Attracting Birds, Bird Baths, Bird Watching  |  October 22, 2019

Nature’s Bounty

By: Mary Douglas

Rock Bridge Memorial State Park
Rock Bridge Memorial State Park

Fall is upon us with winter close behind. A stroll through local parks amid our autumn colors is always a delight this time of year. Take note of the abundant natural foods available for wildlife as you go.

Seed heads heavy with seed will be bent over, acorns will be scattered about the undergrowth, and berries will be heavy on the stems. Native plants and trees you may find include Sunflowers, Serviceberry, Red Cedar, Wild Plum, Black Cherry, Oaks, Basswood, Beautyberry, Dogwood, Hawthorn, Sumac, Virginia Creeper, Coneflower, Liatris, Asters, Black-Eyed Susan, Native Grasses, Winterberry, and others. Many of our native plants look like a weed, yet they are nature’s grocery store for our wildlife. You will likely find some of these natural foods in your yard. Along with the wild food, fall provides leaf litter on the ground that is winter nesting material for birds, squirrels, and bugs.

Songbird Essentials Heated Bird Bath

The Missouri Department of Conservation recommends leaving the native foods and litter where they are for the birds and critters. We can help our local wildlife by leaving and encouraging such native resources in our yards. Fall is the prime time to expand your native perennial plants either by division and replanting or by purchasing starts from local growers. Adding a reliable source of fresh water, such as a heated birdbath, and seed and suet feeders to supplement the wild harvest will attract and help support your local wild residents through fall and winter. Future benefits will show themselves in years to come.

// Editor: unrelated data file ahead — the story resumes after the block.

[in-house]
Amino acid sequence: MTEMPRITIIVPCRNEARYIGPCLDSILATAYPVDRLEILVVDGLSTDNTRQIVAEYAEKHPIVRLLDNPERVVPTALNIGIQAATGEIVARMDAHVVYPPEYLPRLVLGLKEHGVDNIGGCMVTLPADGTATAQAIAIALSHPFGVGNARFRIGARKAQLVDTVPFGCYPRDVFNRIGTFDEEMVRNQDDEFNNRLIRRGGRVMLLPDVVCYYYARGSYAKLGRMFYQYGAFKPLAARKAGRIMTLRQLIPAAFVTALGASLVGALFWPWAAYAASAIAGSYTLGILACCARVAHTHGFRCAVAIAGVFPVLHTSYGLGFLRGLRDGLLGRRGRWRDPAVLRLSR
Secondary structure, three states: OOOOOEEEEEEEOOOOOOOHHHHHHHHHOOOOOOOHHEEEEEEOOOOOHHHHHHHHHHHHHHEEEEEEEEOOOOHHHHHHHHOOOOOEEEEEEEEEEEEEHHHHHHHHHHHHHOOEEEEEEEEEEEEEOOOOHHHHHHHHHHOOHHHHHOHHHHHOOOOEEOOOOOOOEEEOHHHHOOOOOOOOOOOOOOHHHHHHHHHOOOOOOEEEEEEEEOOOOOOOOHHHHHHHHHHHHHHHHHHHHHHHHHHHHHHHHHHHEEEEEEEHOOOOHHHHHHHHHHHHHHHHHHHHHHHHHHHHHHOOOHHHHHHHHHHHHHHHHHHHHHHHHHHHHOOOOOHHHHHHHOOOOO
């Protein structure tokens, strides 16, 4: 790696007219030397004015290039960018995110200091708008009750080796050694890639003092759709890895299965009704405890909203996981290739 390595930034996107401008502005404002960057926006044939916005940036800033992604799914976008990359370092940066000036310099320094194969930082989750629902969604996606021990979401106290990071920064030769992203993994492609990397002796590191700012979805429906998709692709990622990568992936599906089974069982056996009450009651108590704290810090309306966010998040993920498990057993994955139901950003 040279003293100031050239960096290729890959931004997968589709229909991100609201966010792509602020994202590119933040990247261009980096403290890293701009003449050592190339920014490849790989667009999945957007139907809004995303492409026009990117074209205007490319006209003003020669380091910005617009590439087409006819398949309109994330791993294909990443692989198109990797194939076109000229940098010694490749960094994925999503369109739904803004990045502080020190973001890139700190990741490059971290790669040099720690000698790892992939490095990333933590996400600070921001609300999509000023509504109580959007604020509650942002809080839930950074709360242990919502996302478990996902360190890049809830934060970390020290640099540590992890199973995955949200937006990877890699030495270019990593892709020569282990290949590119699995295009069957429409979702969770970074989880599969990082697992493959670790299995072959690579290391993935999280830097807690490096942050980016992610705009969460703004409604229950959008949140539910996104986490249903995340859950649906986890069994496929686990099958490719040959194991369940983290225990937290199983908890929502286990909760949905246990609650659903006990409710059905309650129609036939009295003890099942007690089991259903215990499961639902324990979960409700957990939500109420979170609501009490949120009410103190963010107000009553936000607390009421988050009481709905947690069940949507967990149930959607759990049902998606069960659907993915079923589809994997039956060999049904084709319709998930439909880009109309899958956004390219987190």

Crossfire 8×42

Fall also brings the shortened daylight hours that triggers the migration of birds. September is often the month we see the most activity at feeders from migratory birds. Birders have a great opportunity to take pictures in the fall as the birds offer unusual opportunities to see them as they move through on their way south. Cameras and binoculars are often in our pockets as we stroll about our parks. Songbird Station offers a wide variety of feeders, baths, and optics to meet your needs and budget. Utilitarian or decorative there is something for every bird lover and a variety of seeds and seed blends for every bird species. Take advantage of Nature’s bounty in the native plants, add a few strategically placed feeders, and use your binoculars to watch the show!

 

 

Migration  |  October 11, 2019

Flight of the Hummingbirds

By: Tristan Palmgren

Though it seems to us like the weather has only gotten a little cooler, our hummingbirds sense a big change coming. They know that migration season is on us, and they’ve started to prepare. Some of them are already on the move. You may have already noticed changes in your yards as some of the hummers you’ve been feeding all summer have left, and that you have some new arrivals that have migrated from farther north.

Hummingbird migration is one of nature’s most fascinating phenomena. When hummingbirds realize they’ll need to migrate soon, they start bulking up for the trip. They know instinctively that they’ll be expending a large number of calories soon, and they increase their energy consumption to compensate. Hummingbird nectar is typically made at a concentration of four parts water to one part sugar (and this is as true for Songbird Essentials nectar mixes as homemade nectar). During the migration season, we recommend increasing that concentration to three parts water to one part sugar.

Songbird Essentials Super Shaker Nectar Maker